A new study from the United States shows that light during sleep may impair cardiovascular and glucose regulation, thereby increasing the risk of cardiovascular disease, diabetes, and metabolic syndrome.
Evanston, IL (Merxwire) – Many literature and studies have shown that sleeping with the lights on have adverse effects on the human body, and sleeping with the lights on may increase the risk of depression, vision damage, and cancer. Scientists have discovered that sleeping with the lights on even impair cardiometabolic function.
According to research from Northwestern University, receiving moderate light (100 lx) at night during sleep increases nighttime heart rate, decreases heart rate variability (higher sympathovagal balance), and increases insulin resistance the next morning. The study was published in the Proceedings of the National Academy of Sciences (PNAS).
The researchers recruited 20 adults to participate in the experiment for three days and two nights and recorded their conditions through activity recorders and sleep diaries. Participants were randomly assigned to two groups, one of which slept in dim light on both nights (<3 lx); the other, who slept in dim light on the first night (<3 lx), The second night slept in an indoor overhead light environment with moderate light (100 lx).
The research team found that exposure to moderate light resulted in higher heart rate during sleep, reduced heart rate variability, and adversely affected glucose homeostasis the next morning compared to dim light conditions. On the other hand, participants were exposed to moderate light during sleep, had more light sleep (stage N2), and had fewer slow waves.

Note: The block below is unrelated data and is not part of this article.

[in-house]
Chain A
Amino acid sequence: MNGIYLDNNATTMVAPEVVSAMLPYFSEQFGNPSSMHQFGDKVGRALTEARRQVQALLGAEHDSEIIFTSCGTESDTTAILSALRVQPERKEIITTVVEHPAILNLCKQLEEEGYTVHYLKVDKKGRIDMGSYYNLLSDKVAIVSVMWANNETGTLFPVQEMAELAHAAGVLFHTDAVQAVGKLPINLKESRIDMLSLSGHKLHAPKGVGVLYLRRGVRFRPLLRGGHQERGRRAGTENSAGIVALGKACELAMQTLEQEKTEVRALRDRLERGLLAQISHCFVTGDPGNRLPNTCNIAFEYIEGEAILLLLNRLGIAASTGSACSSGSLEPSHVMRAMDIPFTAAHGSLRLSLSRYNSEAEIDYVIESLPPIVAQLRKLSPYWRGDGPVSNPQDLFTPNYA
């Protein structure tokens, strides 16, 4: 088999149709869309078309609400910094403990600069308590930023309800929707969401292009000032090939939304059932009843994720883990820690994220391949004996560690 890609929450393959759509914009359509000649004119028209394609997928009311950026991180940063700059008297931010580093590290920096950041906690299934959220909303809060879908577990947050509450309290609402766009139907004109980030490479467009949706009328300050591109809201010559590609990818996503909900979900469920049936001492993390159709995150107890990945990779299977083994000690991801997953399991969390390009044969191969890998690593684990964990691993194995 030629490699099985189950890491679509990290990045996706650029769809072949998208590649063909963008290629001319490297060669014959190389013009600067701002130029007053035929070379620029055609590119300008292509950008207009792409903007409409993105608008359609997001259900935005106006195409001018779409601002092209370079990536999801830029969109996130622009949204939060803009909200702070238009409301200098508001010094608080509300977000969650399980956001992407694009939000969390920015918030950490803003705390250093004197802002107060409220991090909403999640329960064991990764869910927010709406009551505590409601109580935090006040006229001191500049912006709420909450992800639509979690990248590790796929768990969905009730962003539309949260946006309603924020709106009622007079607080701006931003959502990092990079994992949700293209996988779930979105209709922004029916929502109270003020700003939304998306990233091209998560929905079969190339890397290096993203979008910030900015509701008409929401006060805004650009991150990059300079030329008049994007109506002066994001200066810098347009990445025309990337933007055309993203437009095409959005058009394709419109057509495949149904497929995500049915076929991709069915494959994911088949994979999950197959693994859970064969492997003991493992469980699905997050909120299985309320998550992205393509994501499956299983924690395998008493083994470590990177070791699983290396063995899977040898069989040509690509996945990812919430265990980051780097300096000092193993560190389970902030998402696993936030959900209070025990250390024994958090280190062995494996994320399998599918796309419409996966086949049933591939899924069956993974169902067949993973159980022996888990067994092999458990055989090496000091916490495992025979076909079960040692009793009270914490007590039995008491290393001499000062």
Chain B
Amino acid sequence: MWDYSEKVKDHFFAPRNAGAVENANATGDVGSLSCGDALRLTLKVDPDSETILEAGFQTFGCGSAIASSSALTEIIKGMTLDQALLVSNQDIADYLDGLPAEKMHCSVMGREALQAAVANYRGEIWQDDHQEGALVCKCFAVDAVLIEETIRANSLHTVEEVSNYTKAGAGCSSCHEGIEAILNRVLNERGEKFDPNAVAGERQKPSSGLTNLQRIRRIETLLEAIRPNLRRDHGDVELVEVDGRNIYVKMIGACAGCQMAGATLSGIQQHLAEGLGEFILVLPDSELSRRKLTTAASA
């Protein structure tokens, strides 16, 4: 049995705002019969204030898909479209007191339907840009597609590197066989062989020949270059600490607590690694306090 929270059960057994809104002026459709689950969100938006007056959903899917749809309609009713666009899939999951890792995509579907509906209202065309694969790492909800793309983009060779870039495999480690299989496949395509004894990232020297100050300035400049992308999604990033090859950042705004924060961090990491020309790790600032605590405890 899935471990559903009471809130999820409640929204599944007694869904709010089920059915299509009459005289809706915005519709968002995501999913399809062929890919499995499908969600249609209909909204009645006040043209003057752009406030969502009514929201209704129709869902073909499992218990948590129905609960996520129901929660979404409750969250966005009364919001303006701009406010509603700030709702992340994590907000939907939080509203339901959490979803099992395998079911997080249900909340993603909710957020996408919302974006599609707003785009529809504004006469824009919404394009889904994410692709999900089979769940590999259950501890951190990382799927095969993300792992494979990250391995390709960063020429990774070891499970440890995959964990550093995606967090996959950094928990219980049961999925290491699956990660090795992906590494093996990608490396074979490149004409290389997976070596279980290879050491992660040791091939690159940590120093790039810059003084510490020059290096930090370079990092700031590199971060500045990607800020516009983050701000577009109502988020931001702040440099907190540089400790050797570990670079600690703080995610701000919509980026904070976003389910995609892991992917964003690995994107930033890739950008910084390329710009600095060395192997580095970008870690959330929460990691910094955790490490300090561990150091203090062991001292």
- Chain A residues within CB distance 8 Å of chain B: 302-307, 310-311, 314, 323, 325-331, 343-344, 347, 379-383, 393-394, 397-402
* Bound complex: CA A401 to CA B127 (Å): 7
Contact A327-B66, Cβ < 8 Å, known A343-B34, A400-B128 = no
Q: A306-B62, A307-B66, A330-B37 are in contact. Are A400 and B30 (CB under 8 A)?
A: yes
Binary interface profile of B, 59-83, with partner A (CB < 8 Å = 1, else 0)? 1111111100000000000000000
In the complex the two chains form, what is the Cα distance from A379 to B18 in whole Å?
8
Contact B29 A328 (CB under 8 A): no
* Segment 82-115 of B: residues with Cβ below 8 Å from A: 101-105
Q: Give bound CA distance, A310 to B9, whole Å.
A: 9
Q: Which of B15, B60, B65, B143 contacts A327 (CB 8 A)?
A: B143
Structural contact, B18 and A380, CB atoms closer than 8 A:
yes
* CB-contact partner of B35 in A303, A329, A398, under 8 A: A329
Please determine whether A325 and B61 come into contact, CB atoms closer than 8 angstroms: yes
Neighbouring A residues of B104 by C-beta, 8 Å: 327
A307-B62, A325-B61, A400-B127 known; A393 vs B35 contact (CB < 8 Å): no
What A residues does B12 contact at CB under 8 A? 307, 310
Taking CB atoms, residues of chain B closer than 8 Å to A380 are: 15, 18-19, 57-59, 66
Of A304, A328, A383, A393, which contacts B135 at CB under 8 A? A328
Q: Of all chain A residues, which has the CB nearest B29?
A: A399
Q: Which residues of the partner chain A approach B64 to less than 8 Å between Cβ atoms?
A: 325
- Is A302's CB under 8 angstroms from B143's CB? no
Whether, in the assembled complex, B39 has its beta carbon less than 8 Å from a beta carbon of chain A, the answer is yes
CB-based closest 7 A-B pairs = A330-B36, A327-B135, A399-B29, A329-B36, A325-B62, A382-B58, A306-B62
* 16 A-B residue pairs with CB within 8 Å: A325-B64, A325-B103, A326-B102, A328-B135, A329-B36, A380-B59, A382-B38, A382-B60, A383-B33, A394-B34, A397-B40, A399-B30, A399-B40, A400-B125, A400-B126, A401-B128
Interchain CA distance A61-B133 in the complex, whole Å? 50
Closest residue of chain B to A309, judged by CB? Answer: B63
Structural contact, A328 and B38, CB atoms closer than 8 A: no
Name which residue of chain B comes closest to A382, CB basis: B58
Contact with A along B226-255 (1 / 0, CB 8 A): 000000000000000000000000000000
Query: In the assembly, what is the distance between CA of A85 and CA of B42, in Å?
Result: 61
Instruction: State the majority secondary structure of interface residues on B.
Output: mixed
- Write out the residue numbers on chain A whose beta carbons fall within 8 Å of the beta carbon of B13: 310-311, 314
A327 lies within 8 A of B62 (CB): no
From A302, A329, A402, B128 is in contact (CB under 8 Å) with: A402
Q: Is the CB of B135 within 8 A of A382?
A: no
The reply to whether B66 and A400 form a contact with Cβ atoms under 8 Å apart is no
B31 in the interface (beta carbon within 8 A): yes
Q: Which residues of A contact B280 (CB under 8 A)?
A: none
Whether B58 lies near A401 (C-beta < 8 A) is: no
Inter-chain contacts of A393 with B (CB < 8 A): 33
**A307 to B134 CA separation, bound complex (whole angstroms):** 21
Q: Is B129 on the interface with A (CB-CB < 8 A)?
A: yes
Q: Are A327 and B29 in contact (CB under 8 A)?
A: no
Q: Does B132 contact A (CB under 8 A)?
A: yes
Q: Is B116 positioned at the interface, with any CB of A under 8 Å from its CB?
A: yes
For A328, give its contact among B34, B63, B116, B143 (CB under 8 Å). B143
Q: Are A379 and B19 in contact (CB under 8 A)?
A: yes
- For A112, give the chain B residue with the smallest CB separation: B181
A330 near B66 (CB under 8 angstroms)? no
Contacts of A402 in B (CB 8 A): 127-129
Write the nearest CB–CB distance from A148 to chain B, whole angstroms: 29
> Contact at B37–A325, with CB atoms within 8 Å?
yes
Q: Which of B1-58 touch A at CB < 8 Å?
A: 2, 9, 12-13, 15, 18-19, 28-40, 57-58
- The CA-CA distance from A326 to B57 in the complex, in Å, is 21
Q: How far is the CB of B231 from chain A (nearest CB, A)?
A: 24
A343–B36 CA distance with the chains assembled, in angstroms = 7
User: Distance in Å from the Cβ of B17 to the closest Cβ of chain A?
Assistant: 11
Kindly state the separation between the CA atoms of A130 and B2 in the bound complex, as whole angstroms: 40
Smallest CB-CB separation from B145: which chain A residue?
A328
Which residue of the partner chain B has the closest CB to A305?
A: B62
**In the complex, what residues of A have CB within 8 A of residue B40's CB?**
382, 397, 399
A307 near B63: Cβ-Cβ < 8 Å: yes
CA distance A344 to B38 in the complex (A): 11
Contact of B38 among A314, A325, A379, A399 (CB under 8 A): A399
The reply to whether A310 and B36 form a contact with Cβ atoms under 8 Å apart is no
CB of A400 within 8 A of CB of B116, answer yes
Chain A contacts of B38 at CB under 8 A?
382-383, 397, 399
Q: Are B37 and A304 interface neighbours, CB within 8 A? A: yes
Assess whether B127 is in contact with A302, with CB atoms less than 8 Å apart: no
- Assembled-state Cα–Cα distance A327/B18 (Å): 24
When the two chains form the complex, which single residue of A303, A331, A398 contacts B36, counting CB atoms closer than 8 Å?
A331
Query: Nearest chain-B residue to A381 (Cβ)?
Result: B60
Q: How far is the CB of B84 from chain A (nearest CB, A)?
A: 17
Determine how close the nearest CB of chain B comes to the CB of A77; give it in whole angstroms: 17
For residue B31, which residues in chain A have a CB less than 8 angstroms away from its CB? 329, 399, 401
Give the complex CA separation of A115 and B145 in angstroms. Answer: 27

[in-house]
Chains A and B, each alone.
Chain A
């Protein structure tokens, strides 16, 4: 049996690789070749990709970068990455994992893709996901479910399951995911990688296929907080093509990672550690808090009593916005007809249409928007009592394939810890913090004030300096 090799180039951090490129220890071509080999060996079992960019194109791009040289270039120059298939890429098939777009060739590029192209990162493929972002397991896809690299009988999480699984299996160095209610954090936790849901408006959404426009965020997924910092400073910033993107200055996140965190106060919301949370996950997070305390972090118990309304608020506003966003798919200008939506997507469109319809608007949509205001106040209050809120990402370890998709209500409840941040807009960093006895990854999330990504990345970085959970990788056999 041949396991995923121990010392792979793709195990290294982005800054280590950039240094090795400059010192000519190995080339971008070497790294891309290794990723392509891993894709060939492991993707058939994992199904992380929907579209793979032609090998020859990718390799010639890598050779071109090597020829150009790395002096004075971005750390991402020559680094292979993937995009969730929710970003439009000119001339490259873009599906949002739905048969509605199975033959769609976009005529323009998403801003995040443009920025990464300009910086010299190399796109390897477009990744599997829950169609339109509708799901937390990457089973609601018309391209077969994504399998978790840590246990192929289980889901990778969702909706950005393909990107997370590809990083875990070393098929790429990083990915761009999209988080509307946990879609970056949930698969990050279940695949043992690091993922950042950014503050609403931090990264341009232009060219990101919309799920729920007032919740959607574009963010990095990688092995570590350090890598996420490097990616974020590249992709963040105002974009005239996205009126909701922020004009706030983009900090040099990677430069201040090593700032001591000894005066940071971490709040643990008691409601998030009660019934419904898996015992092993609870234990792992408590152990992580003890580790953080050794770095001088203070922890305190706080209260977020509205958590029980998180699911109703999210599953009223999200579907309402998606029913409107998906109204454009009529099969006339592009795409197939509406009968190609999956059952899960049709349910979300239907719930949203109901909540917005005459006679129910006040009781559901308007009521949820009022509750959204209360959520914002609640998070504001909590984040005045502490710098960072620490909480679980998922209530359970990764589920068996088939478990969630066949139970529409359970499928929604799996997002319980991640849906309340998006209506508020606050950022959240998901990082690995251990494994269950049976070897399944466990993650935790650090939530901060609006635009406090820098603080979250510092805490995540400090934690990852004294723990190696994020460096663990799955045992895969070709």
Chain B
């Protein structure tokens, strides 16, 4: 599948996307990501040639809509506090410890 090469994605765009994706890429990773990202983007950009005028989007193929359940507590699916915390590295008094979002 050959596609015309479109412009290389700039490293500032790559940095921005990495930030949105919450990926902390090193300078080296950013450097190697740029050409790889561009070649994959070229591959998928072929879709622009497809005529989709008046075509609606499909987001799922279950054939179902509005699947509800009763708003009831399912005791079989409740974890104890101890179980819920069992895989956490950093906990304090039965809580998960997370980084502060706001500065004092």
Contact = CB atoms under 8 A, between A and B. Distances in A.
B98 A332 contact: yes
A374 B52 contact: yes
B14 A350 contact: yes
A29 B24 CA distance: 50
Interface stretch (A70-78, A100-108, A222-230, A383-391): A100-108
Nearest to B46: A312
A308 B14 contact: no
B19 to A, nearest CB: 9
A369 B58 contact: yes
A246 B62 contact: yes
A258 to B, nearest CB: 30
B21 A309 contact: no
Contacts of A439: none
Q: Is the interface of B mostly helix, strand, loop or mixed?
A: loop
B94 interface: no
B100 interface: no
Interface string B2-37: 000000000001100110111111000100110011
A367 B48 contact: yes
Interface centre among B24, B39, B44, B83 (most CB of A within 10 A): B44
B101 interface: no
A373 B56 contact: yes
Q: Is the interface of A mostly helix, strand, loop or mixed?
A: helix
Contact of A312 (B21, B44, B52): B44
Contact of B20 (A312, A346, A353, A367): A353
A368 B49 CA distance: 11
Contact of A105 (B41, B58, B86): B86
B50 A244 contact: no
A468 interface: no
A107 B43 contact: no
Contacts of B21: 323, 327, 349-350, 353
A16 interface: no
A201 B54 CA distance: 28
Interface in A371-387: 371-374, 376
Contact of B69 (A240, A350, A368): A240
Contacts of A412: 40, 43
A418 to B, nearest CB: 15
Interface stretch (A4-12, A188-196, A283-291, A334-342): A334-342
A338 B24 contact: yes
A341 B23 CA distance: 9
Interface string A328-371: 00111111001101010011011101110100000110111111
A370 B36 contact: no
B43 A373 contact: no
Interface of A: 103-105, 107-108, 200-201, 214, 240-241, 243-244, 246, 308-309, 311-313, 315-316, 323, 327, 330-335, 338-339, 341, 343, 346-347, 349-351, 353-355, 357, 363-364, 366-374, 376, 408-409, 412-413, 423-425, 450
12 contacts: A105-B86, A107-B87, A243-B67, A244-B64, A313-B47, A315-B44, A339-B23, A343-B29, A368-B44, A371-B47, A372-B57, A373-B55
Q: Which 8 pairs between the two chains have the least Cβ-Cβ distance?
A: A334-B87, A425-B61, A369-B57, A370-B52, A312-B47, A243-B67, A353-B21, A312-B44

Because decreased heart rate variability (higher sympathovagal balance) leads to insulin resistance the next morning, experimental results suggest that one-night exposure to room light during sleep may impair glucose homeostasis by activating the sympathetic nervous system (SNS). Avoiding light exposure during nighttime sleep may benefit cardiometabolic health.
According to experimental results, exposure to moderate light during a night of sleep impairs blood sugar and cardiovascular regulation and increases risk factors for heart disease, diabetes, and metabolic syndrome. Although the study is only three days and two nights, these diseases will not occur overnight, but the study results remind people not to sleep with the lights on in the long term.
If you think these diseases are far away from you, there is also bad news: scientists have found that sleeping with the light on is more likely to gain weight than the average person! According to a study published in JAMA Internal Medicine, women who were accustomed to sleeping with the lights on or watching TV before bed were 17% more likely to gain more than 5kg in five years.
The researchers recruited 43,722 U.S. women between 35 and 74 for a five-year study. By simulating possible light sources in various sleep environments, including no lights, small nightlights in the room, lights outside the room, lights in the room, and TVs in the room, it was finally found that these lights have a positive relationship with obesity.
From the current research, turn off the lights and go to sleep! Sleeping in a dim environment is better for your health, and don’t sleep with the TV on. Pay attention to the sleeping environment and avoid light affecting the body’s metabolic regulation function to stay away from the risk of cardiovascular disease, diabetes, metabolic syndrome, and obesity.